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The Art of Monarchy

A collaboration with BBC Radio 4 to mark Her Majesty The Queen’s Diamond Jubilee

? Scotland

The Darnley Jewel or Lennox Jewel c. 1571-8

RCIN 28181

Mary, Queen of Scots' Outer Chamber, Palace of Holyroodhouse

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The Lennox or Darnley locket is one of the most important early jewels in the Royal Collection. It is said to have been commissioned by Lady Margaret Douglas, Countess of Lennox (1515-78), for her husband Matthew Stewart, Earl of Lennox and Regent of Scotland, who fell in battle in 1571. Theories vary for which occasion the jewel was made. Generally it is believed to have been a memorial piece following the Earl’s death.

Lady Margaret was the granddaughter of Henry VII, half sister of James V of Scotland and first cousin of Elizabeth I. Through her elder son Henry Stewart, Lord Darnley, who married her niece Mary, Queen of Scots, in 1565, Lady Margaret was the grandmother of James VI of Scotland and I of England.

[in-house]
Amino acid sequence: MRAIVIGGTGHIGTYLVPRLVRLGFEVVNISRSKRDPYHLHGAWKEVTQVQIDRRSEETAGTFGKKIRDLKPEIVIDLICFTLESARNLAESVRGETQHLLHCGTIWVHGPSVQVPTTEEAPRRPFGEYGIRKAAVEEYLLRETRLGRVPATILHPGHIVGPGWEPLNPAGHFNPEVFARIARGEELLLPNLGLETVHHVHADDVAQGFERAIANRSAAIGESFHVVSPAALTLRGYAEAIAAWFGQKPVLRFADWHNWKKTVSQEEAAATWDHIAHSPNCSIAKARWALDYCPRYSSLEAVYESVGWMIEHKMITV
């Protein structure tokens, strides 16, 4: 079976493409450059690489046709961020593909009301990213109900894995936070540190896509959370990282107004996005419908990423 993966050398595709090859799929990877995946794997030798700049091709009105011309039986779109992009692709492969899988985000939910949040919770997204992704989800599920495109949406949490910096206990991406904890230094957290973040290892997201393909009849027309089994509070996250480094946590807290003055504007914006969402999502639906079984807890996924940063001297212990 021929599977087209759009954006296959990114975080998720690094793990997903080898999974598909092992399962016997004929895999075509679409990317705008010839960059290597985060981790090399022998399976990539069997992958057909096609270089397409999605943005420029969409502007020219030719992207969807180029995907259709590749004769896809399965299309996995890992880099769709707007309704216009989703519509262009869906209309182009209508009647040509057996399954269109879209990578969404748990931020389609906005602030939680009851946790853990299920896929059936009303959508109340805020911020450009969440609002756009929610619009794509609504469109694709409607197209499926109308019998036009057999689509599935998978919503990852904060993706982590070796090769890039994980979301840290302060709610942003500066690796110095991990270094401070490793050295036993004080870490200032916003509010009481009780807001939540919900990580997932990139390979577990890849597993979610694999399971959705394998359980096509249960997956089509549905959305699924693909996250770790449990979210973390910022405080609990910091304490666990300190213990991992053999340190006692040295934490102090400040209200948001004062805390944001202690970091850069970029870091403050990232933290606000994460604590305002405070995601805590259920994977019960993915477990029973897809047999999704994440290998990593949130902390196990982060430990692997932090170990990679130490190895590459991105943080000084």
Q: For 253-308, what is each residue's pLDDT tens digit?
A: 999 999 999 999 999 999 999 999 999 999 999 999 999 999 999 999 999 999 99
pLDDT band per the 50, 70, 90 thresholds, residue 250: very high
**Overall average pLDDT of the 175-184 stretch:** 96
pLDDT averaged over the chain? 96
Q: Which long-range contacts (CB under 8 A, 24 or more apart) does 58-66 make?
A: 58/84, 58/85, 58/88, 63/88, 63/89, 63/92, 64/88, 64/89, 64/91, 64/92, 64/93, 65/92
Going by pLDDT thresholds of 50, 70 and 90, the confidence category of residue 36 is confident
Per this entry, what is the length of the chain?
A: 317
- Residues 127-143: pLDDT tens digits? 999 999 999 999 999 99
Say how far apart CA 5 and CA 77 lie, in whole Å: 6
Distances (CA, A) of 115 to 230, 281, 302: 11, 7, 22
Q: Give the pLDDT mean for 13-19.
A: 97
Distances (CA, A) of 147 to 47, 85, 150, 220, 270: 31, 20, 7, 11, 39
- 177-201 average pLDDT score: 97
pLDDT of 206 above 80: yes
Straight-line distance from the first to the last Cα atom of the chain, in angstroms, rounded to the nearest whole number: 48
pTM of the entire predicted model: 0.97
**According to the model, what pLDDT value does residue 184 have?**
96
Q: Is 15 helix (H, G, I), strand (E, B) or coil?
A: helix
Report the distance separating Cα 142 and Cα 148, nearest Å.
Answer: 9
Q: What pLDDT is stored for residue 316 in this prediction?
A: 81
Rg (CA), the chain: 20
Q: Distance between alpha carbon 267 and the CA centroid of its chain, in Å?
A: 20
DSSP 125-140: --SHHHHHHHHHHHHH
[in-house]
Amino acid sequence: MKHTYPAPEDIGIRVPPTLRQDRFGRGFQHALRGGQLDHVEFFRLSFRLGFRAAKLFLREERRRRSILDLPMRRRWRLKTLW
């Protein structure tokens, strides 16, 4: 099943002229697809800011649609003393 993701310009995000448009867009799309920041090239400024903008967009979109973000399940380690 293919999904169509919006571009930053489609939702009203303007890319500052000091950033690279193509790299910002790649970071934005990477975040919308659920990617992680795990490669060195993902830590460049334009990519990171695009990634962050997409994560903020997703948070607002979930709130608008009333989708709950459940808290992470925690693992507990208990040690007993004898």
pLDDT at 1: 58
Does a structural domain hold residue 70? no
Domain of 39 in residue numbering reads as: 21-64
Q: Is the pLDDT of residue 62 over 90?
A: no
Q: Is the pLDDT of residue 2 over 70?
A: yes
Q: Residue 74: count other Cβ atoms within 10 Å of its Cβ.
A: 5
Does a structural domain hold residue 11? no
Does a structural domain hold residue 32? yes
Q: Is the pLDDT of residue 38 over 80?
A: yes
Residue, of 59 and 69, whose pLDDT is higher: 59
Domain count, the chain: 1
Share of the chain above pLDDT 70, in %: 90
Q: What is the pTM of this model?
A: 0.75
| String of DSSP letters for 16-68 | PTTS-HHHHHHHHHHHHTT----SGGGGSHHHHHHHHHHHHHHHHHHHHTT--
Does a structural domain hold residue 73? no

The heart-shaped locket, or ‘tablet’ in the language of the 16th century, was intended to be worn around the neck or on the breast. The complex iconography of memento mori motifs and symbols of profane and sacred love relate to the Earl and Countess’s life together - the salamander is the crest of the house of Douglas and the heart its device and three fleurs-de-lis on an azure field form the first quarter of the Lennox arms. The jewel also reveals their ambitions for their grandson, the future James VI and I and provides him with the series of admonitions, which are written around the edge of the pendant in enamel.

James I of England succeeded Elizabeth I in 1603, and secured the Protestant line of succession.  He was conciliatory towards Catholics who took the Oath of Allegiance, denying the Pope’s authority over the King. In 1604, James I authorised new translation of approved books of the Bible, to ensure a consistent and understandable rendering of the text. The Authorised, or King James version, as it is now known, was completed in 1611 and is considered a masterpiece of Jacobean prose.